• Context: A total of 111 areas across the UK were awarded money from the second round of the government's Levelling Up Fund, aiming to close the gap between rich and poor parts of the country by improving services like education, broadband and transport.

New Zealand's PM Jacinda Ardern announced her resignation, saying she no longer has "enough in the tank" to lead. Becoming the world's youngest female head of government when she was elected in 2017 at the age of 37, Ardern steered New Zealand through the pandemic, the Christchurch mosque shootings, and the White Island volcanic eruption. Her Labour Party's MPs will vote for a new leader on Sunday.

Jacinda Ardern

via People


Yum Brands, the parent company to fast food chains like Pizza Hut, KFC, and Taco Bell, said a ransomware attack affected some of its information technology systems, which led to the closure of nearly 300 restaurants in the UK for a day. The company added all the stores were now operational and it had initiated response protocols, and an investigation had also been initiated while Federal law enforcement was notified.

Elon Musk made a "split-second decision" to tweet that he had "funding secured" to buy out Tesla in 2018 after seeing a report in the Financial Times, his lawyer told in court in San Francisco. According to his statement, Musk sent the tweet after reading Saudi Arabia’s Public Investment Fund had quietly acquired a $2 billion stake in the EV company. "In a rush, he used the wrong words," Spiro said.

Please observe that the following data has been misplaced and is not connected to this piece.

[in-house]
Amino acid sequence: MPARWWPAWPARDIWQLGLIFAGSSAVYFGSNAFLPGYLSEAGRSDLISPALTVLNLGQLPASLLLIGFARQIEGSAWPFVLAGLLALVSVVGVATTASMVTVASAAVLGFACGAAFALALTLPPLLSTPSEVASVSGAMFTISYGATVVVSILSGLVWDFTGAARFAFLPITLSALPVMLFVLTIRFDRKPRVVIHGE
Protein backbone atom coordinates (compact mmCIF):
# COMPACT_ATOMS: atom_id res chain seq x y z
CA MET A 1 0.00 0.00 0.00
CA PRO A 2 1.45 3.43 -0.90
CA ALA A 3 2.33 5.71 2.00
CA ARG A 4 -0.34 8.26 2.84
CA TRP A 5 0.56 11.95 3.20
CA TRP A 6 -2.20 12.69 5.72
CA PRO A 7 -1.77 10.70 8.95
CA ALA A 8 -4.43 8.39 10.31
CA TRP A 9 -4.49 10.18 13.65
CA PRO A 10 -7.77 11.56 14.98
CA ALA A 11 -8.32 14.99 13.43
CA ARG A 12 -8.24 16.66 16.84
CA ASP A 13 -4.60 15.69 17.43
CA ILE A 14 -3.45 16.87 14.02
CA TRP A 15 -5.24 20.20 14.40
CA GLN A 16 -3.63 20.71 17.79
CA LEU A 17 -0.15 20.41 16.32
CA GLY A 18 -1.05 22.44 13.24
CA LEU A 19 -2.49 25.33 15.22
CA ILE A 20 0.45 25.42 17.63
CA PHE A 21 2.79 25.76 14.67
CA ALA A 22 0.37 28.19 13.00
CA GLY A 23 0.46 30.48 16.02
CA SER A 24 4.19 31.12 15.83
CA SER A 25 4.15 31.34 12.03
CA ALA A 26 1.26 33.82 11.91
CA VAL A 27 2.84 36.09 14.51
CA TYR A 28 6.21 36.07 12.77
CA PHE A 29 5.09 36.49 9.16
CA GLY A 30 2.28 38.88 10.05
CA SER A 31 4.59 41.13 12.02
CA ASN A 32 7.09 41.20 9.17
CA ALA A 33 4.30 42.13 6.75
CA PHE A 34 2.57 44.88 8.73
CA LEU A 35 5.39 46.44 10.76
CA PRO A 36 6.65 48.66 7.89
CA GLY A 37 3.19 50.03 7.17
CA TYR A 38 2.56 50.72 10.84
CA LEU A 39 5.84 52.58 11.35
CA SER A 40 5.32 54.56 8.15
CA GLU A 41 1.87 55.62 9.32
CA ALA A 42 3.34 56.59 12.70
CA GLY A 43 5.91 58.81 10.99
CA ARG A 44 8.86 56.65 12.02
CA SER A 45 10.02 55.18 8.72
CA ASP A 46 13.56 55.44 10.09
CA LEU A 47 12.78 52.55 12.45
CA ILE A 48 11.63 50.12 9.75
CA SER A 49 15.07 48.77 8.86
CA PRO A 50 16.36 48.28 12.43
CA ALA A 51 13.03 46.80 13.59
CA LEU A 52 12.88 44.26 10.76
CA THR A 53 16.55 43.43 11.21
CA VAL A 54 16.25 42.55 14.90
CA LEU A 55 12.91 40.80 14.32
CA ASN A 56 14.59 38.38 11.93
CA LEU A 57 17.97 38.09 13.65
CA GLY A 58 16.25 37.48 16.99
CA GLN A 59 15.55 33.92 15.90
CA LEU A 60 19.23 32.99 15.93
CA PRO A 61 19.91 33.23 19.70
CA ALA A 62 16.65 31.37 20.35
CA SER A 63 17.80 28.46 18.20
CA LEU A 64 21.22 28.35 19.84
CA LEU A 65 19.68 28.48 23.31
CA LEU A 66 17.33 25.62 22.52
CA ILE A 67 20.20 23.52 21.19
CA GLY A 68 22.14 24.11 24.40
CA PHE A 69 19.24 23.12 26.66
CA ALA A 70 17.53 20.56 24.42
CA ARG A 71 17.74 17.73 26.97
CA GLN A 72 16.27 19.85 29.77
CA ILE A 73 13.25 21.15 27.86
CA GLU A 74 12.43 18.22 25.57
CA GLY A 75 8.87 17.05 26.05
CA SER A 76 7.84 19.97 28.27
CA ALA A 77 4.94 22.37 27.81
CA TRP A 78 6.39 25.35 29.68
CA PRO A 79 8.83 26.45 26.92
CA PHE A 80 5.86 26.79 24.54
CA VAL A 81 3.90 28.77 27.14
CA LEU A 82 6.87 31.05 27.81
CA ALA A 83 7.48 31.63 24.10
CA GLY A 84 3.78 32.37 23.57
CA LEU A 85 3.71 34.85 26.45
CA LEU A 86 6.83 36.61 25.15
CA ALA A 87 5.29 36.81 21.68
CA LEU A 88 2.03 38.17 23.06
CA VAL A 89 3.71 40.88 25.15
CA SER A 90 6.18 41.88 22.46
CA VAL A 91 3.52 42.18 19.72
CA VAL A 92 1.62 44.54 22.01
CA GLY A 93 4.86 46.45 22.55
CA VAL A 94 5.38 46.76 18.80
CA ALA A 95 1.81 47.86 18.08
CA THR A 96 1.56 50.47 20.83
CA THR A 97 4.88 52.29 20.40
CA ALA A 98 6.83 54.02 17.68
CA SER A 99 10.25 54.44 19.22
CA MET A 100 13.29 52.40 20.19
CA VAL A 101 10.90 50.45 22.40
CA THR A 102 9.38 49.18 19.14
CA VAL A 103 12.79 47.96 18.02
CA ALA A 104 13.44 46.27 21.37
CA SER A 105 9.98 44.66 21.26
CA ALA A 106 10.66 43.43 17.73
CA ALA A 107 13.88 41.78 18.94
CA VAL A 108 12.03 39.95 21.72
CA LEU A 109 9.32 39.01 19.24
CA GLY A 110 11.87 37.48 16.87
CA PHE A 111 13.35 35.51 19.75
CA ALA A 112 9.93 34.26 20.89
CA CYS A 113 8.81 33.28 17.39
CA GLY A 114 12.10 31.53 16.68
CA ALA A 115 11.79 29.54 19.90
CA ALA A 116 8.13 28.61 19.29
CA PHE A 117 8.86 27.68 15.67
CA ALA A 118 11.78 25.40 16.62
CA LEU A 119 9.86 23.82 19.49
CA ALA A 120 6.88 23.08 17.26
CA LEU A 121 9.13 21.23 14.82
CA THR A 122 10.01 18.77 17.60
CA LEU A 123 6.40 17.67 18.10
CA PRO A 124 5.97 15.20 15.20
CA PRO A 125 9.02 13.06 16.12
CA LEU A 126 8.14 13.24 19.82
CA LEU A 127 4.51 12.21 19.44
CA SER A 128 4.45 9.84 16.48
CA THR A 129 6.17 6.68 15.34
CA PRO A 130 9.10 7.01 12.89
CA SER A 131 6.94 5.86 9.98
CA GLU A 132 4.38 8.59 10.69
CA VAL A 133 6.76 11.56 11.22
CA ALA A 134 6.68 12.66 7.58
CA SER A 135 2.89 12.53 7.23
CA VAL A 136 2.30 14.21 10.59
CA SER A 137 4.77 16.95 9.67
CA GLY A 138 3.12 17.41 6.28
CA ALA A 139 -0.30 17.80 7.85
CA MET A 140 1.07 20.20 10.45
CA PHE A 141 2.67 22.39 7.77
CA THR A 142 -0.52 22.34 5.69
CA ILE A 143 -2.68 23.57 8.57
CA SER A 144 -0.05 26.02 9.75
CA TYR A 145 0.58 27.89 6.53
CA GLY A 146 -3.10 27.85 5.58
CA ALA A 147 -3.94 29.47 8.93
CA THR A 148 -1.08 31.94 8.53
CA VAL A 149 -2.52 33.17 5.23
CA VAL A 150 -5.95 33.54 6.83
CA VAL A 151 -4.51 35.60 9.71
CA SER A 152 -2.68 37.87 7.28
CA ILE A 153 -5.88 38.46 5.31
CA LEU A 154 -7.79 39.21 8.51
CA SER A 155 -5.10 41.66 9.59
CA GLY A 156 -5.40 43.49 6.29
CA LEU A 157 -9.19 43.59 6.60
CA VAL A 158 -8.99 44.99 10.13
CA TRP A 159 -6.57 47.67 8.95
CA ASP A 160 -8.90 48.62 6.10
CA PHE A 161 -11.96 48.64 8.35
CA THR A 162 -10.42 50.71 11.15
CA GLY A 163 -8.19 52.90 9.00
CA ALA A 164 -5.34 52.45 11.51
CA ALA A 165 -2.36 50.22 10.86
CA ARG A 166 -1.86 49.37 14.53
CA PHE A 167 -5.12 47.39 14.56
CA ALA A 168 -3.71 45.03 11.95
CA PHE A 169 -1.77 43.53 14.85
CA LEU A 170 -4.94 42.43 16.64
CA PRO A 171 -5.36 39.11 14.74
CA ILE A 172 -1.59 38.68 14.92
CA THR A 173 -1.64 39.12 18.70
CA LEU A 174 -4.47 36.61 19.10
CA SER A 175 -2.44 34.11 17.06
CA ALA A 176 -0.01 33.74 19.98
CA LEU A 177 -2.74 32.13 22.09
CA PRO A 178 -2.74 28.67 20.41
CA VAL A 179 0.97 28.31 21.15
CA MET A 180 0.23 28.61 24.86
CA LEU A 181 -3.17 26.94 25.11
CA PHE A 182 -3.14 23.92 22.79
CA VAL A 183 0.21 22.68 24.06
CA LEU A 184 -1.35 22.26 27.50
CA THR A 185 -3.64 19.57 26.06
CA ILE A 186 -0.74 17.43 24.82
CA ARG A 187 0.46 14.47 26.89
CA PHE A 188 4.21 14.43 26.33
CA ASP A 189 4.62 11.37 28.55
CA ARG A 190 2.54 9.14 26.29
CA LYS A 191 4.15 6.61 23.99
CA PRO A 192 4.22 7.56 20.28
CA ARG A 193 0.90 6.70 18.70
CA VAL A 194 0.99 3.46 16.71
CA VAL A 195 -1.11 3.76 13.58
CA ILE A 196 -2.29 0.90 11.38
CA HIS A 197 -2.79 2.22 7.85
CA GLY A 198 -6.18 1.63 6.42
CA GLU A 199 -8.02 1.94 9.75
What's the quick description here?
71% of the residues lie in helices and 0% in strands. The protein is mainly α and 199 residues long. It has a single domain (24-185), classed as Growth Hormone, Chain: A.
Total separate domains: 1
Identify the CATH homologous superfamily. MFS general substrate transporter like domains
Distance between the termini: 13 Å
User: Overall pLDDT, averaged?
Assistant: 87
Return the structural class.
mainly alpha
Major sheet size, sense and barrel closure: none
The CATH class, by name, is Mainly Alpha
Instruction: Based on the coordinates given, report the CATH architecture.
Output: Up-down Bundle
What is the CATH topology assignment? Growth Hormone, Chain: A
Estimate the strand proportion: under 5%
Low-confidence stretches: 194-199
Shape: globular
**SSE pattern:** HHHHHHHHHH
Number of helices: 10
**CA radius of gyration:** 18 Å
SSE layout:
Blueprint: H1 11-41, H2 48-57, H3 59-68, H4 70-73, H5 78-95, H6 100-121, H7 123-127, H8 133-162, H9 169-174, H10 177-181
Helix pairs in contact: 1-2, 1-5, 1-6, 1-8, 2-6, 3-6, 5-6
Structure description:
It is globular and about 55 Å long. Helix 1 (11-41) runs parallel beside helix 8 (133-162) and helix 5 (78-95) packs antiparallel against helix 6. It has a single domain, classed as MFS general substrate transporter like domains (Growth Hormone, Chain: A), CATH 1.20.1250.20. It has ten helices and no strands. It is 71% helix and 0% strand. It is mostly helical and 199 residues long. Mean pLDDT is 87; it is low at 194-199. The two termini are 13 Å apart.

Elon Musk

via FT

  • What happened: Musk was sued by Tesla shareholders for manipulating the EV maker’s stock price with several tweets including one that said: "Am considering taking Tesla private at $420. Funding secured."

Twitter said it will price its Blue plan at $11 per month for Android, the same as for iOS users. An annual subscription to Blue, only available on the web, was priced at $84, a discount to the monthly web subscription price of $8. The blue check mark will now be open to anyone who pays.

Google failed to avert a 13 billion rupee (€148mn) fine in an appeal to India’s Supreme Court in an antitrust case, which charged the company with abusing its dominant market position for its Android mobile operating system. The court delayed the Jan. 19 implementation of the directives of The Competition Commission of India (CCI) by one week but declined to block them.

  • A step back: The CCI said in October that Google had strengthened its position through anti-competitive moves, such as by making the installation of its own apps compulsory on new handsets. The CCI asked Google to remove restrictions imposed on device makers, and fined the company. 

🏴 Worklife: Which countries have the most strikes in Europe and what is the impact on the economy?

💸 Explainer: A looming US debt ceiling fight is starting to worry investors

Environment: Coffee pods better for planet than filtered brew

İlgili Başlıklar

Christine Lagarde

World Economic Forum

Norges Bank


Philly Fed index


New York

Procter & Gamble

+41 more

Bülteni beğendiniz mi?


Okuma listesine ekle


Aposto Europe Yayınını Takip Et

The news, every weekday at 07:30 (CET), with a distinctly European perspective. Your briefing on markets, politics, business, tech and more — under 5 minutes